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ACLU v. Ariz. Dep. of Child Safety - 8/25/2021

Arizona Supreme Court holds that a party may recover attorneys’ fees in a records request suit under A.R.S. § 39-121.02 when it has “substantially prevailed” by being more successful than not in obtaining records or other relief that was contested by the opposing party before litigation.


In 2013, the ACLU sued the Arizona Department of Child Safety (DCS) seeking records about child welfare services.  DCS produced a limited set of documents at that time.  After the ACLU submitted additional requests with no response, the ACLU eventually filed a special action and requested attorneys’ fees under A.R.S. §§ 39-121.02(A) and (B).  DCS produced additional documents in the lawsuit but objected to other requests, stating that they would require DCS to create new records using data in an electronic management system.  The trial court declined to determine whether the electronic management system was a public record and denied the ACLU’s attorneys’ fees request. 

On appeal in 2016, the Court of Appeals held that the electronic management system was a public record and remanded to the trial court to determine whether the ACLU was entitled to attorneys’ fees because it received documents and data from this system in response to the lawsuit.  On remand, the trial court held that because the “crux” of the case was whether the electronic management system was a public record and the ACLU prevailed on that issue, the ACLU was entitled to attorneys’ fees.  On a second appeal in 2018, the Court of Appeals held the trial court erred by basing its attorneys’ fee award primarily on whether the electronic management system was a public record and instead should have considered the scope of the relief sought and the scope of the documents produced.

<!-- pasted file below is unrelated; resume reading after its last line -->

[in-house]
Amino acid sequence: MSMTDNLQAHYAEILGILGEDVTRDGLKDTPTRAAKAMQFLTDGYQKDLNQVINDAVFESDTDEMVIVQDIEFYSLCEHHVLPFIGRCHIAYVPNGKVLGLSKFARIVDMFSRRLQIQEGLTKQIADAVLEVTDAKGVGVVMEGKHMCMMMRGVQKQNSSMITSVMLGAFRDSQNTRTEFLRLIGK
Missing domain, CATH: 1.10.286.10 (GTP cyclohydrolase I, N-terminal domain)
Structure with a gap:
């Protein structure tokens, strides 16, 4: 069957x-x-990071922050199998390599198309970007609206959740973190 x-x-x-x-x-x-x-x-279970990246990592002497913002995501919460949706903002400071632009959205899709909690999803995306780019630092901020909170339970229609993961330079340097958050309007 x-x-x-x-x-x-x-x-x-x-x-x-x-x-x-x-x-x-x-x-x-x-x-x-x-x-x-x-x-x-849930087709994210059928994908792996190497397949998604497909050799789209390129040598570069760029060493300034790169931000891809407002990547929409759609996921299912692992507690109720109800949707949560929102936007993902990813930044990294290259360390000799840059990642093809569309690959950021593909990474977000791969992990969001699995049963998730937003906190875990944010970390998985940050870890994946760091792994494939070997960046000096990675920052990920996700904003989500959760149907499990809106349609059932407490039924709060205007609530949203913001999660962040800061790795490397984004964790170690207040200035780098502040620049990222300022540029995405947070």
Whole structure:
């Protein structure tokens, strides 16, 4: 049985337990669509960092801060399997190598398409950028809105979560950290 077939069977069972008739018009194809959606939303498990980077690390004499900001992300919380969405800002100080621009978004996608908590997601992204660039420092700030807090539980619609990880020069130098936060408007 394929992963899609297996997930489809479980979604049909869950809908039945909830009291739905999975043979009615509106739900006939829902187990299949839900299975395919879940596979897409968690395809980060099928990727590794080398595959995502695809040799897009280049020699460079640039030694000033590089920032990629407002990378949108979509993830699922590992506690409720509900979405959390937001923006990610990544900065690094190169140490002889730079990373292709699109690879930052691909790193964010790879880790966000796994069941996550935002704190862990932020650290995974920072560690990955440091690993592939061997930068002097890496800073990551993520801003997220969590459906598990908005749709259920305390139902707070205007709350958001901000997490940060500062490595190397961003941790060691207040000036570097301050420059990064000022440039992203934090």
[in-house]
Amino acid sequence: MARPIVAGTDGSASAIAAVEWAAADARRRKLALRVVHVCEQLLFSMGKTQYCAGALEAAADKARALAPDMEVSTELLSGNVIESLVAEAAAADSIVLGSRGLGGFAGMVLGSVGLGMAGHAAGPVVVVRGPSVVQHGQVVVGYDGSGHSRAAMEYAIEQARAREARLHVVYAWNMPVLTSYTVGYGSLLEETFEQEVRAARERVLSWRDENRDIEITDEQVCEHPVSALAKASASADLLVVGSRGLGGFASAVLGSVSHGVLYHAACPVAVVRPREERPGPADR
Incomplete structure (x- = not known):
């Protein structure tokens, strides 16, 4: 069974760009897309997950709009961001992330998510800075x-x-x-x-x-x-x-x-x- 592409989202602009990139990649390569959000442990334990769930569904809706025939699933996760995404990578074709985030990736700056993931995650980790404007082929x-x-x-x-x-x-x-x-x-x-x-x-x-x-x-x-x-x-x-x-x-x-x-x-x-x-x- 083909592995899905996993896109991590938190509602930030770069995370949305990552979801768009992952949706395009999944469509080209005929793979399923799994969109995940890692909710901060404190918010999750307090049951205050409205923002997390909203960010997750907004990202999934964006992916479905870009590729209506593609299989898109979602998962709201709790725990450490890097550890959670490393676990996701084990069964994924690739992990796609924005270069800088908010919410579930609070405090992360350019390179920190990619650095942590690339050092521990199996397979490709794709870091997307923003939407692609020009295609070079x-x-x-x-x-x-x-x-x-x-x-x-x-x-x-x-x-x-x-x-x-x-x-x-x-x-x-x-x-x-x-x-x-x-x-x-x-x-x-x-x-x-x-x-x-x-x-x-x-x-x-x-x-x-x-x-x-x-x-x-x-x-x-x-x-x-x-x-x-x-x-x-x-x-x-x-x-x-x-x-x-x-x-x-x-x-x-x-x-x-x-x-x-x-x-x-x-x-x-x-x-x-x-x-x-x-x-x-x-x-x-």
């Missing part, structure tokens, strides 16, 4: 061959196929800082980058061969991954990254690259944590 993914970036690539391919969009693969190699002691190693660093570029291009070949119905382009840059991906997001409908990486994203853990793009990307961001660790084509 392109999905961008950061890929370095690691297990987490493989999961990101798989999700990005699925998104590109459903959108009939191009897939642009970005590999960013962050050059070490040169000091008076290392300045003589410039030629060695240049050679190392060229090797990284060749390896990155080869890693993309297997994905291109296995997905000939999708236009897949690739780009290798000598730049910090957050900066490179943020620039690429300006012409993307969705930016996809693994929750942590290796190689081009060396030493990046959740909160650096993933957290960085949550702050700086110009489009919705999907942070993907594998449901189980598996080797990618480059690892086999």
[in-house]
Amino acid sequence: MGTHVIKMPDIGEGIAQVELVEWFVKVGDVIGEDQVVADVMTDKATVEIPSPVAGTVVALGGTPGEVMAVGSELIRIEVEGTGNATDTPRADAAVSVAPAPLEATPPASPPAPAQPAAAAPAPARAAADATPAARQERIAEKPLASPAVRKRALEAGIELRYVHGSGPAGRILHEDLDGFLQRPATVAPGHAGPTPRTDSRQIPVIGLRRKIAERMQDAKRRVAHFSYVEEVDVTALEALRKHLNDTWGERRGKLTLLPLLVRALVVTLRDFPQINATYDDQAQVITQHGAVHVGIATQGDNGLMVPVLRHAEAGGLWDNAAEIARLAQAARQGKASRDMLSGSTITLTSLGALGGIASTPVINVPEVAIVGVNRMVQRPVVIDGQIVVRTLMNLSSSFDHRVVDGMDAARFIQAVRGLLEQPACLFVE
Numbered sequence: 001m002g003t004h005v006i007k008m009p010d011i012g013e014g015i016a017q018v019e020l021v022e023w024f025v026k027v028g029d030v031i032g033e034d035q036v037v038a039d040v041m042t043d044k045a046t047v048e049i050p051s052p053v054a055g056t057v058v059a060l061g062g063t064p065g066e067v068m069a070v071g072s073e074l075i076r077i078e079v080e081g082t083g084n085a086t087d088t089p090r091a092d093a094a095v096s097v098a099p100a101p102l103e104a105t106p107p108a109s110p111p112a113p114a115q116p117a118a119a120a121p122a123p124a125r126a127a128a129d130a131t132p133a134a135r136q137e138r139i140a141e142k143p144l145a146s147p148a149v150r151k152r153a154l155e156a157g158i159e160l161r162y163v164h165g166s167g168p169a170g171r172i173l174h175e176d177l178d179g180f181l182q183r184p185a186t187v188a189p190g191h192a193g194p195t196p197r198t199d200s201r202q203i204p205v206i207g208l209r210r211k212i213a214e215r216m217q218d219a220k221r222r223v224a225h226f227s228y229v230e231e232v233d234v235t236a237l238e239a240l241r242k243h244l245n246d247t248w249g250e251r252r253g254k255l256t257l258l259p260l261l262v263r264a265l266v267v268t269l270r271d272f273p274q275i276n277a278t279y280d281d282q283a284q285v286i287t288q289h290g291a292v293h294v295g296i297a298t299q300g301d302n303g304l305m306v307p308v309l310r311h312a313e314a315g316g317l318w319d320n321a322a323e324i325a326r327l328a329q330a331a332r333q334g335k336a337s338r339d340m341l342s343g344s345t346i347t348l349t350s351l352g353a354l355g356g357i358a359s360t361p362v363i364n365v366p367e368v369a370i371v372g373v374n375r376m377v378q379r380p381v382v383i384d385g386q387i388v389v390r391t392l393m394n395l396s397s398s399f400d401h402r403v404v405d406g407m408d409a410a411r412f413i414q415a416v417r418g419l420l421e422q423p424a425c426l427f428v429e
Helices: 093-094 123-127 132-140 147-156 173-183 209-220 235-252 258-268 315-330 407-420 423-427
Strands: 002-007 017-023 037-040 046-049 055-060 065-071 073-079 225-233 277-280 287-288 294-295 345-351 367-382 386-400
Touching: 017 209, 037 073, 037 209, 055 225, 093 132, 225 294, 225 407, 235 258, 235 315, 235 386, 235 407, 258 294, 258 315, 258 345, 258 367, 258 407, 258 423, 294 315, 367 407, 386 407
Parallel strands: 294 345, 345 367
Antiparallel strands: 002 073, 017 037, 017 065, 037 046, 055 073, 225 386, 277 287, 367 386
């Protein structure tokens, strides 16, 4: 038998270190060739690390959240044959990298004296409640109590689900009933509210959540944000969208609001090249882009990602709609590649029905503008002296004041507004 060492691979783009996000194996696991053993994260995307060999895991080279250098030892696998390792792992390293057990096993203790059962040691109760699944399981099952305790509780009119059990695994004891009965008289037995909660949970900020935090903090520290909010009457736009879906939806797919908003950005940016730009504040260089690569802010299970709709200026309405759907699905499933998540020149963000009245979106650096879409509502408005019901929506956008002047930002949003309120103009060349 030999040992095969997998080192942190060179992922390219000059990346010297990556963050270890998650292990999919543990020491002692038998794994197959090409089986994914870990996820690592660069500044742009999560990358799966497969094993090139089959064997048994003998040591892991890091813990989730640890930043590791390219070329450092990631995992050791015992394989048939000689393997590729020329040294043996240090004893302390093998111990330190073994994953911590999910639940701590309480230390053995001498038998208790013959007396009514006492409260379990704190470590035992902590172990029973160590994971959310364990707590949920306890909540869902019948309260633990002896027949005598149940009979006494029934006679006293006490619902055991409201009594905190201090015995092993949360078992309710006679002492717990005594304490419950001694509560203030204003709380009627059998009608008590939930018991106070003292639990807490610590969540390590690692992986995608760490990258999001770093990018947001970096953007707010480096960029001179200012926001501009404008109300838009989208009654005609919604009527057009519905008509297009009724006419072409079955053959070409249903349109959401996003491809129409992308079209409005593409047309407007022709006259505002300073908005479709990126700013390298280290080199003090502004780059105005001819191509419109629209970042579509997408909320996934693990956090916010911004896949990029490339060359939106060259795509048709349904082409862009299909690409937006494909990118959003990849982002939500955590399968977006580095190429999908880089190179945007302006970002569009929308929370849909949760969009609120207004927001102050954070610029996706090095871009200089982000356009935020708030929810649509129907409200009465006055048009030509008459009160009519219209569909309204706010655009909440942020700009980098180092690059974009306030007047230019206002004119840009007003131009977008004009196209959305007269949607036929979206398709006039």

The Supreme Court accepted review of the Court of Appeals’ latest opinion to clarify the “substantially prevailed” standard for attorneys’ fees awards under A.R.S. § 39-121.02.  The Court held that under this standard, a trial court should consider whether a party is “more successful than not in obtaining the requested records, defeating the government’s denial of access to public records, or securing other relief concerning issues that were contested before litigation was initiated.”  The Court vacated the relevant portion of the Court of Appeals’ latest opinion and remanded to the trial court to determine whether attorneys’ fees were appropriate under this standard.

Justice Beene authored the unanimous opinion.

Posted by: Travis Hunt 

Posted On: 10/15/2021